In the dark days after the Sept. 11, 2001, terrorist attacks, a small group of lawyers from the White House and the Justice Department began meeting to debate a number of novel legal strategies to help prevent another attack. Soon after, President Bush authorized the National Security Agency to begin conducting electronic eavesdropping on terrorism suspects in the United States, including American citizens, without court approval. Meeting in the FBI's state-of-the-art command center in the J. Edgar Hoover Building, the lawyers talked with senior FBI officials about using the same legal authority to conduct physical searches of homes and businesses of terrorism suspects--also without court approval, one current and one former government official tell U.S. News. "There was a fair amount of discussion at Justice on the warrantless physical search issue," says a former senior FBI official. "Discussions about--if [the searches] happened--where would the information go, and would it taint cases." [Emphasis added.]Here again, our 4th Amendment:
The right of the people to be secure in their persons, houses, papers, and effects, against unreasonable searches and seizures, shall not be violated, and no Warrants shall issue, but upon probable cause, supported by Oath or affirmation, and particularly describing the place to be searched, and the persons or things to be seized.How much more evidence do we need to conclude that this administration is hostile to our civil liberties? Hostile to the Constitution itself? They wanted something expressly forbidden by the 4th Amendment.
The article describes this administration's now familiar flim-flam of misusing the testimony of Jamie Gorelick to bolster it's illegal actions. Then it calls in an expert:
But John Martin, a former Justice Department attorney who prosecuted the two most important cases involving warrantless searches and surveillance, says the department is sending an unambiguous message to Congress. "They couldn't make it clearer," says Martin, "that they are also making the case for inherent presidential power to conduct warrantless physical searches."Doesn't matter, I guess that the 4th Amendment bans them.
The article does point out that they weren't able to find out whether any searches were conducted. They did add the story of a defense attorney Thomas Nelson. He wrote to US Attorney Karin Immergut that there were strong indications that his house and office were searched.
The searches, if they occurred, were anything but deft. Late at night on two occasions, Nelson's colleague Jonathan Norling noticed a heavyset, middle-aged, non-Hispanic white man claiming to be a member of an otherwise all-Hispanic cleaning crew, wearing an apron and a badge and toting a vacuum. But, says Norling, "it was clear the vacuum was not moving." Three months later, the same man, waving a brillo pad, spent some time trying to open Nelson's locked office door, Norling says. Nelson's wife and son, meanwhile, repeatedly called their home security company asking why their alarm system seemed to keep malfunctioning. The company could find no fault with the system.How convenient.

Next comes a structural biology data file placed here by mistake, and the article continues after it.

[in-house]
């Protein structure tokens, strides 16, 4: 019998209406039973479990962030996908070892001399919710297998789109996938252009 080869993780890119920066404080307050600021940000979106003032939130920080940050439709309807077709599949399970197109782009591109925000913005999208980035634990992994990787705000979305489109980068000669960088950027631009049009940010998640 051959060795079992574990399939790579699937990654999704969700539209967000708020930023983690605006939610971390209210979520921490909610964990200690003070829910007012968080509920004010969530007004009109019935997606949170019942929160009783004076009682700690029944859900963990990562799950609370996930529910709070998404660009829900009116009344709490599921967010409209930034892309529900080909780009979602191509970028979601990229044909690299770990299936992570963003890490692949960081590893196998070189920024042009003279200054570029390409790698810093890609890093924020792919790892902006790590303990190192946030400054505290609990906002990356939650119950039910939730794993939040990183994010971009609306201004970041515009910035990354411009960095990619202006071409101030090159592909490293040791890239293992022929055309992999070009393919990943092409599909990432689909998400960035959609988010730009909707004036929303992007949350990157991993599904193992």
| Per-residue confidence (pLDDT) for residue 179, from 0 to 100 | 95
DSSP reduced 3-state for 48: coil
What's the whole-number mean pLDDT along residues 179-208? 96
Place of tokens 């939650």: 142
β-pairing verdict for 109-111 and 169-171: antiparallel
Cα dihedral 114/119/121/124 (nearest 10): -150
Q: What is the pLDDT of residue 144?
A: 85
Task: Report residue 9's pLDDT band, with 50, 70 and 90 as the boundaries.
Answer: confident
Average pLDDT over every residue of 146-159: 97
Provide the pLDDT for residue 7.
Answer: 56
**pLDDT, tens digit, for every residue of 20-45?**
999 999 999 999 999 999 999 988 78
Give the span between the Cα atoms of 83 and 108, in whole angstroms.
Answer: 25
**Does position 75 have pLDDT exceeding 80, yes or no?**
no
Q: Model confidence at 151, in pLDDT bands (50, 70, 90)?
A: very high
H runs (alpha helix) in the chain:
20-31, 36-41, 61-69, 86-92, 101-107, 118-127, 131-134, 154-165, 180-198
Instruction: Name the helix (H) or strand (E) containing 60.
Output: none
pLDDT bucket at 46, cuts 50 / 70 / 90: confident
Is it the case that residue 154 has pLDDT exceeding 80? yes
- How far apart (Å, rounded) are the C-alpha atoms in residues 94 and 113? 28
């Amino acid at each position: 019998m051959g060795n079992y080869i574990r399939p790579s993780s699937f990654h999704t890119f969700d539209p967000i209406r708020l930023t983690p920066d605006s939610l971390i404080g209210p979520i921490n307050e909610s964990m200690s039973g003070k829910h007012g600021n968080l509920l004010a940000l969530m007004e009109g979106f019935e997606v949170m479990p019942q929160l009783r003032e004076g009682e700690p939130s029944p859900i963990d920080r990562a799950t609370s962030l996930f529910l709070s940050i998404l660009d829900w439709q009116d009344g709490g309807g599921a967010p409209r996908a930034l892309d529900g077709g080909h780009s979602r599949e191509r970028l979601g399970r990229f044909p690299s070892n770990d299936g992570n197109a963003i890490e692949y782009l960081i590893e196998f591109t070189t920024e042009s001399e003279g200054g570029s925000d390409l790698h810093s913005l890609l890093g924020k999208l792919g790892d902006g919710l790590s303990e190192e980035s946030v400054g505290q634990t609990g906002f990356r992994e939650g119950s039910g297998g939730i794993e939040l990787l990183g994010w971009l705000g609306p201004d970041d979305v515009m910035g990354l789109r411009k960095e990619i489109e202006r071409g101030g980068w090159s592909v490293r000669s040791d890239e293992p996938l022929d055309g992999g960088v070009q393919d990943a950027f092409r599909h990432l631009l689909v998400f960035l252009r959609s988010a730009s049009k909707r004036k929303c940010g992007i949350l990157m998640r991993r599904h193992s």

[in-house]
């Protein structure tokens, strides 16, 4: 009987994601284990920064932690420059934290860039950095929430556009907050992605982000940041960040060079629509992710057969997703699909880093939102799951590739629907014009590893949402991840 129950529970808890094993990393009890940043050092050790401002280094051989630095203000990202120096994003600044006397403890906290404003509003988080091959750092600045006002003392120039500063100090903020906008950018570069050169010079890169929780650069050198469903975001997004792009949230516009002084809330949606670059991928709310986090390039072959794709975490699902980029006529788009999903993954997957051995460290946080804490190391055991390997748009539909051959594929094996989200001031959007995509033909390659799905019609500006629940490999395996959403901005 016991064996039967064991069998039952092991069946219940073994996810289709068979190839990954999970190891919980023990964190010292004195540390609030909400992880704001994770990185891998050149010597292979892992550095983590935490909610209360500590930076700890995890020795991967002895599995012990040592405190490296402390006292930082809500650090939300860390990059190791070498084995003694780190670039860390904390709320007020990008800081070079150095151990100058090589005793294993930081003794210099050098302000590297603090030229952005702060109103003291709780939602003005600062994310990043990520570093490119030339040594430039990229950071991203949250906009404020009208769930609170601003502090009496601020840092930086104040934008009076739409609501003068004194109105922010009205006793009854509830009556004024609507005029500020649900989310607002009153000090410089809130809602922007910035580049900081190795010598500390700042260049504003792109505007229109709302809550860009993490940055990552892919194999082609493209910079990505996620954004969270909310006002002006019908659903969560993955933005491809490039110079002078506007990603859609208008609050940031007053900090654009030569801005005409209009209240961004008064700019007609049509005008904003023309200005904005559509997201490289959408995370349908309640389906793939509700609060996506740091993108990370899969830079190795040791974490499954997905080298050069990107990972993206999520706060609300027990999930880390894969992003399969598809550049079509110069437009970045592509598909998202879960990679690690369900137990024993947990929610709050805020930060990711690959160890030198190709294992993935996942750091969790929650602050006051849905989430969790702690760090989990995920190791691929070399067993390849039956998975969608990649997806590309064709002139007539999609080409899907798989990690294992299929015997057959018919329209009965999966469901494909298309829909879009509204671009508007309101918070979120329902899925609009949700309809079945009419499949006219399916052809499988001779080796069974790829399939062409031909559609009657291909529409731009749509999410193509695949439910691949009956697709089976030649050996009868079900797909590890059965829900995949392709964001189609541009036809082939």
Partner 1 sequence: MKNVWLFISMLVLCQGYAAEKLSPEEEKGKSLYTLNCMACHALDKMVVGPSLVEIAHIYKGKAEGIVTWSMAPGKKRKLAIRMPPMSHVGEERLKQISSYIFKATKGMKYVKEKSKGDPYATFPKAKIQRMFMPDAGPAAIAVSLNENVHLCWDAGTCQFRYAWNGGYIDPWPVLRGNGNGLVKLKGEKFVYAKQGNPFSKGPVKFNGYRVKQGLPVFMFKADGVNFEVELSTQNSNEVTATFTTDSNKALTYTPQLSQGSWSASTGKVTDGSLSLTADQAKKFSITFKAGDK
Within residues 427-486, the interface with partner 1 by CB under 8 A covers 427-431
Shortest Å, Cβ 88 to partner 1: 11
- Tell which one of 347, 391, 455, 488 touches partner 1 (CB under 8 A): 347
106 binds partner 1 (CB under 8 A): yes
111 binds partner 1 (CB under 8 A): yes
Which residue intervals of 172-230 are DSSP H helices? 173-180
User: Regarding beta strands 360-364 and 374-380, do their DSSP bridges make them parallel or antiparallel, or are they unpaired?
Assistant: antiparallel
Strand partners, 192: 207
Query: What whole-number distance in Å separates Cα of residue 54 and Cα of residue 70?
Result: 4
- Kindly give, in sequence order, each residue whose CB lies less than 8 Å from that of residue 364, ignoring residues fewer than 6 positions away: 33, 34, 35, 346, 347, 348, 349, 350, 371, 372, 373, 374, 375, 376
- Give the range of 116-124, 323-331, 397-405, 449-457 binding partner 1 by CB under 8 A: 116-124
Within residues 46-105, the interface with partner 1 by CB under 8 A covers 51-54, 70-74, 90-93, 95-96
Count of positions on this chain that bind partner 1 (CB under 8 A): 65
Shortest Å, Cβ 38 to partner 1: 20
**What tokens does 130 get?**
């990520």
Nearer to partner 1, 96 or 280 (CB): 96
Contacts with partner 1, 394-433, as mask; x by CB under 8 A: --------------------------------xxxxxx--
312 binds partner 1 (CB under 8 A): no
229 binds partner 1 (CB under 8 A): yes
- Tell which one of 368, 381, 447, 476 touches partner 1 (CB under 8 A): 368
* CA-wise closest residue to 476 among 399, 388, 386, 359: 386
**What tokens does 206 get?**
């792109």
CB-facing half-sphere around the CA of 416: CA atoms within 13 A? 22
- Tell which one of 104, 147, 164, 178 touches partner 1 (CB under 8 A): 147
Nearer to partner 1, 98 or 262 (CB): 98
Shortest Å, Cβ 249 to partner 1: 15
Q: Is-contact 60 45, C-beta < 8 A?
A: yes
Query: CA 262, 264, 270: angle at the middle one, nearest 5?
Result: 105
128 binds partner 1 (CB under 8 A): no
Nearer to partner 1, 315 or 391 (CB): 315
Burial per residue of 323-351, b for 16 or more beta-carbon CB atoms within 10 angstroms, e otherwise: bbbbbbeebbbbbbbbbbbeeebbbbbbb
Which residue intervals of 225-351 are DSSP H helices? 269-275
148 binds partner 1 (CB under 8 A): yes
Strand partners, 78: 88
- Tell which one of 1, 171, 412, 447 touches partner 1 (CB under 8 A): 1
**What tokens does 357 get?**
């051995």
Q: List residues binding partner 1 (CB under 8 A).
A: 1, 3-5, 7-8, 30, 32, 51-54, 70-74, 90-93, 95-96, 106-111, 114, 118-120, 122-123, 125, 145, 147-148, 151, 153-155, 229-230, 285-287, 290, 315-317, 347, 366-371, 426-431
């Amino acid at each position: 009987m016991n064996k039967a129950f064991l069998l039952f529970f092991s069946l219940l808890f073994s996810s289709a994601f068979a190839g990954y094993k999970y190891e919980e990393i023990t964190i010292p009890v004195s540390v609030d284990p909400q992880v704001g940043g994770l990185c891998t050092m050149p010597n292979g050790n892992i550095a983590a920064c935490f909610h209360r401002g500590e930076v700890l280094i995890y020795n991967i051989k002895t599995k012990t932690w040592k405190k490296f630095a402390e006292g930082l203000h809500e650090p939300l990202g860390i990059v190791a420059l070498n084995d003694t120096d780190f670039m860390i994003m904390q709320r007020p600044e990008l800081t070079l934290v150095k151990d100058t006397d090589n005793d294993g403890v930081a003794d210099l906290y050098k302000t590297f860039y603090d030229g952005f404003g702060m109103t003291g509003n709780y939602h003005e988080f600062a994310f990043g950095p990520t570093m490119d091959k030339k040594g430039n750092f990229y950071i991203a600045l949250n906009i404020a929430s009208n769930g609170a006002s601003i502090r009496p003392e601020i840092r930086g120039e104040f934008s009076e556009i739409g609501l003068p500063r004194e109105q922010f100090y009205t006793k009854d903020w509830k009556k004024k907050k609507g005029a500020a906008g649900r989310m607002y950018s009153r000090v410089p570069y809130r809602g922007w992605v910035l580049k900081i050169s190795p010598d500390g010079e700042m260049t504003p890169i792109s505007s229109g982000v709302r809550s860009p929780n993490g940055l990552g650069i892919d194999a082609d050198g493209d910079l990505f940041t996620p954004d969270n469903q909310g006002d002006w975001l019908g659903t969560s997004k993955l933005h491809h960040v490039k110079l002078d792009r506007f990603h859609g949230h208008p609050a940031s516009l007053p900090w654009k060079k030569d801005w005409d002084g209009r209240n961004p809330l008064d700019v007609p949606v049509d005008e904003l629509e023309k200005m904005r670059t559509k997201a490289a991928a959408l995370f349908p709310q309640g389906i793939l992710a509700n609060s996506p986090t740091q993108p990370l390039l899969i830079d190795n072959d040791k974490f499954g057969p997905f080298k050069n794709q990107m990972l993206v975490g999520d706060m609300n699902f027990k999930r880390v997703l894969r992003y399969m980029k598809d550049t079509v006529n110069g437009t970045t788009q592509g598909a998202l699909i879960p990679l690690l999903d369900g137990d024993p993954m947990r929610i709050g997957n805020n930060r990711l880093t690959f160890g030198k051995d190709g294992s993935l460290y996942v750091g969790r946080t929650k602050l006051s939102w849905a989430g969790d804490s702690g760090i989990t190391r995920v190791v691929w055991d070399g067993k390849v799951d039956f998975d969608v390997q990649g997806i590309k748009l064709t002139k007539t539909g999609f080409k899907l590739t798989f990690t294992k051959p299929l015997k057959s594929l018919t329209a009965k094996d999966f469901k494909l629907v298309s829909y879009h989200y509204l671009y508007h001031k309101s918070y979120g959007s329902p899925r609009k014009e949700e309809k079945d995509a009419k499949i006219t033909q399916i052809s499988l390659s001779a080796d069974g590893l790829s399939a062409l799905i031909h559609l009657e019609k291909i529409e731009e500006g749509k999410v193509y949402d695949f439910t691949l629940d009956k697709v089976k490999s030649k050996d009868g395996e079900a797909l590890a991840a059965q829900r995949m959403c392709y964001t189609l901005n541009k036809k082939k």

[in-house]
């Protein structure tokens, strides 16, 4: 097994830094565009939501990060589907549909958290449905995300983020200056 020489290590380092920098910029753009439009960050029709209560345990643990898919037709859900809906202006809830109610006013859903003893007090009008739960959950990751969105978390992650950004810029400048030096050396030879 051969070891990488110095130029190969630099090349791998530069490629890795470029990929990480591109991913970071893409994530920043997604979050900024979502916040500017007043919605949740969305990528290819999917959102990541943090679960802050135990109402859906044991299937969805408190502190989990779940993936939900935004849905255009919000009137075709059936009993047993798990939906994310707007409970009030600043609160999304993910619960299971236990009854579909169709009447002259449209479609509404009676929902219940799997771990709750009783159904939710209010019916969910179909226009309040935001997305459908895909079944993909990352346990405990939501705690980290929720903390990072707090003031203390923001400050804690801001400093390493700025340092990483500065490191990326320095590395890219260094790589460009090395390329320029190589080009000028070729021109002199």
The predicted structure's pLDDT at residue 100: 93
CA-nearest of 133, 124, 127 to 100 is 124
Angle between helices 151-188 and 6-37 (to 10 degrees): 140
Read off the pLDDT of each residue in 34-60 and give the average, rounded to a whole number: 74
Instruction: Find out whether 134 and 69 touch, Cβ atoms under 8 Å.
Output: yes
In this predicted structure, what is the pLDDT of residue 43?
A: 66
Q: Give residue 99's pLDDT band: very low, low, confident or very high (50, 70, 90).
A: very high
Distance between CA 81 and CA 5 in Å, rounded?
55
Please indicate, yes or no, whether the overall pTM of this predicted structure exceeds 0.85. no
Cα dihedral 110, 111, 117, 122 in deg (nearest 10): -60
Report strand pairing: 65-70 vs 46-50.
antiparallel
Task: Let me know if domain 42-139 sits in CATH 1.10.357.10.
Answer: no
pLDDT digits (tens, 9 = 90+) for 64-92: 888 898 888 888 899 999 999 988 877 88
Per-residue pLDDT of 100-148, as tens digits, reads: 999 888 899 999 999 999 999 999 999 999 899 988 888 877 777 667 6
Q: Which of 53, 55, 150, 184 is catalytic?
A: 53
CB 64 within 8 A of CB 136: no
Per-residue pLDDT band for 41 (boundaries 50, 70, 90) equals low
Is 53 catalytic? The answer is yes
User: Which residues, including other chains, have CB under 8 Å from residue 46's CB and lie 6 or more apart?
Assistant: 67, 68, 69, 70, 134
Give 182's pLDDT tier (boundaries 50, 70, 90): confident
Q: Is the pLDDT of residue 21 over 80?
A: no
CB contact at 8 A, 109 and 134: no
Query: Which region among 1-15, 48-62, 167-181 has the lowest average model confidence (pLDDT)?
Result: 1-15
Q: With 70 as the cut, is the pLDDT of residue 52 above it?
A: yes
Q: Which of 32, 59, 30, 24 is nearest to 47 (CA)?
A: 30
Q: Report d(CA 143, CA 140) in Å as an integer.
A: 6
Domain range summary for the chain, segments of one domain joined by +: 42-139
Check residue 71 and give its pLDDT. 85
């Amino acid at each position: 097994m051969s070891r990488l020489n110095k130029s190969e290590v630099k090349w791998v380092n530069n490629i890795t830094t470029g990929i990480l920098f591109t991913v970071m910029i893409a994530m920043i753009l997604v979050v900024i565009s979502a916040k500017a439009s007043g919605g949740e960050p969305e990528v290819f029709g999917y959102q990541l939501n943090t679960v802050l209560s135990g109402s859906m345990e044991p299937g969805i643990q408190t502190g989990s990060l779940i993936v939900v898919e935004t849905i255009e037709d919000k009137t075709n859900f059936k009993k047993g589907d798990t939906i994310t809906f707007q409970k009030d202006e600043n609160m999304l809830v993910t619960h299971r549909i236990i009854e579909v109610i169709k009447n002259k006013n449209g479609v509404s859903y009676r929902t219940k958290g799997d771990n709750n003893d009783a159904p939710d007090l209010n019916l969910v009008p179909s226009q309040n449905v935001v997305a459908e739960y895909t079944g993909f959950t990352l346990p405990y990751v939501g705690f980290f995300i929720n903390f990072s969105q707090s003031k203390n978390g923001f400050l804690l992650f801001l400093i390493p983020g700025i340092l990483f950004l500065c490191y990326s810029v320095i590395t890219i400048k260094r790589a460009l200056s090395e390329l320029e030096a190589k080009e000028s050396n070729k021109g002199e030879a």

In October, Immergut wrote to Nelson reassuring him that the FBI would not target terrorism suspects' lawyers without warrants and, even then, only "under the most exceptional circumstances," because the government takes attorney-client relationships "extremely seriously." Nelson nevertheless filed requests, under the Freedom of Information Act, with the NSA. The agency's director of policy, Louis Giles, wrote back, saying, "The fact of the existence or nonexistence of responsive records is a currently and properly classified matter."
But don't go away tyranny-fans, there's more!
White House lawyers, in particular, Vice President Cheney's counsel David Addington (who is now Cheney's chief of staff), pressed Mueller to use information from the NSA program in court cases, without disclosing the origin of the information, and told Mueller to be prepared to drop prosecutions if judges demanded to know the sourcing, according to several government officials. Mueller, backed by Comey, resisted the administration's efforts. "The White House was putting pressure on Mueller to broadly make cases with the intelligence," says one official. "But he did not want to use it as a basis for any affidavit in any court." Comey declined numerous requests for comment. Sources say Mueller and his general counsel, Valerie Caproni, continue to remain troubled by the domestic spying program. Martin, who has handled more intelligence-oriented criminal cases than anyone else at the Justice Department, puts the issue in stark terms: "The failure to allow it [information obtained from warrantless surveillance] to be used in court is a concession that it is an illegal surveillance." [Emphasis added.]So they know it's illegal, they know that if the sourcing of the illegal intelligence were made public it could endanger the prosecution of terrorists - but they wanted to do it anyway.
I'll say it again.
IMPEACH IMPEACH IMPEACH